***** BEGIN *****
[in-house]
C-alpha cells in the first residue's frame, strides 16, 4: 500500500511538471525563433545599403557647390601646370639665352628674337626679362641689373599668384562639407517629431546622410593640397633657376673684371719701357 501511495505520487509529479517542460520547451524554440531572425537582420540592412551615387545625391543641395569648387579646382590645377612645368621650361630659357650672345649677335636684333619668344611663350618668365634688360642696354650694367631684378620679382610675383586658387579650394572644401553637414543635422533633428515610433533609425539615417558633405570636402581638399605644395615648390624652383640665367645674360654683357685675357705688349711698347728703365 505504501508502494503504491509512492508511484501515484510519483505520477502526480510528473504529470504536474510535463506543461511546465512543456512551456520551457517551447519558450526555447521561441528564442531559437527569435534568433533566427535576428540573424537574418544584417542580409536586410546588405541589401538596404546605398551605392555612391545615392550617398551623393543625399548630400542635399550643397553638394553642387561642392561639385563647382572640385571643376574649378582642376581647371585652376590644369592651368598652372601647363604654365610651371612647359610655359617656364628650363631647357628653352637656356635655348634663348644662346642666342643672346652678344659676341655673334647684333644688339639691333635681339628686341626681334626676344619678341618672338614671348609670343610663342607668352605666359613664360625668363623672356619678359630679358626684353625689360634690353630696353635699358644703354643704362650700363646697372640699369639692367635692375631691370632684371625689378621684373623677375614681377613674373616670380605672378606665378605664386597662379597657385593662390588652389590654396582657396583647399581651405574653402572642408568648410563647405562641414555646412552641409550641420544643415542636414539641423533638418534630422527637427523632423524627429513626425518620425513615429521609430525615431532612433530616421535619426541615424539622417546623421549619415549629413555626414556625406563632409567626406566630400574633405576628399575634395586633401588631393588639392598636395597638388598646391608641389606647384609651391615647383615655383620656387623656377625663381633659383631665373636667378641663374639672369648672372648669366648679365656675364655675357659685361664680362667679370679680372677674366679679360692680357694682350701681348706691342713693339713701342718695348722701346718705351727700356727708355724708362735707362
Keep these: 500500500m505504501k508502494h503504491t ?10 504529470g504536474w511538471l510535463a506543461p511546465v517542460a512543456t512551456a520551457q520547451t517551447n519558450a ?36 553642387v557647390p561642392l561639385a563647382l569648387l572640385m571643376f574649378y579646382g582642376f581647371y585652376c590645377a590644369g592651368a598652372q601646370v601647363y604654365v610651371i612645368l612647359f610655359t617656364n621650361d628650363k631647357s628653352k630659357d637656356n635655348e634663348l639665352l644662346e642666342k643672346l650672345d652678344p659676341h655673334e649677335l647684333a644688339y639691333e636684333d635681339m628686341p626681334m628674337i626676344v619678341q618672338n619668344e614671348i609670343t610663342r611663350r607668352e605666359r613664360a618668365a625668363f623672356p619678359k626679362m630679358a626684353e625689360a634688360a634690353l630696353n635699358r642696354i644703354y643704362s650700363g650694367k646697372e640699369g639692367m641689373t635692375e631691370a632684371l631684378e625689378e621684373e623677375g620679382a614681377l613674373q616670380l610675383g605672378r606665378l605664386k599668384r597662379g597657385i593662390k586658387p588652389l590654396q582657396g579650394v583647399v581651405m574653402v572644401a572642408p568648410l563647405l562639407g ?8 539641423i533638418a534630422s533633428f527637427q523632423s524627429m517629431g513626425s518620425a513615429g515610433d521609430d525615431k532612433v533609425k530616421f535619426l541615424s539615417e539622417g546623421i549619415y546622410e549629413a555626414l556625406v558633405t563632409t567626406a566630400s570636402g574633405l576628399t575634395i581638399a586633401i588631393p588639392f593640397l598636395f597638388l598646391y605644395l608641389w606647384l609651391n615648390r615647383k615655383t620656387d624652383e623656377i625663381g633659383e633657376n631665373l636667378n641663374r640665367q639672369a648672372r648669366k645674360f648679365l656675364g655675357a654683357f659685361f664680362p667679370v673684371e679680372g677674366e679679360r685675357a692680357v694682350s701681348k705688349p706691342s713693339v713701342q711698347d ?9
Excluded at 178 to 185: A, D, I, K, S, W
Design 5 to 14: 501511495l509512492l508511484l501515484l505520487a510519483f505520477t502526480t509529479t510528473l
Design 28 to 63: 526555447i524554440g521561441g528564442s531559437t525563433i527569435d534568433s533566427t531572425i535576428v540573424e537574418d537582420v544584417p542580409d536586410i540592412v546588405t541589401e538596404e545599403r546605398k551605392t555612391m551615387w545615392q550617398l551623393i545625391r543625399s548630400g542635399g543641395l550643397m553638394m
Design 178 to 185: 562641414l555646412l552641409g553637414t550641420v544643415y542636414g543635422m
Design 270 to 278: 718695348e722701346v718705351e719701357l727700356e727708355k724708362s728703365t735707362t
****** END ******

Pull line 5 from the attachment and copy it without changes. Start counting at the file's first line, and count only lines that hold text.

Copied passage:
Design 5 to 14: 501511495l509512492l508511484l501515484l505520487a510519483f505520477t502526480t509529479t510528473l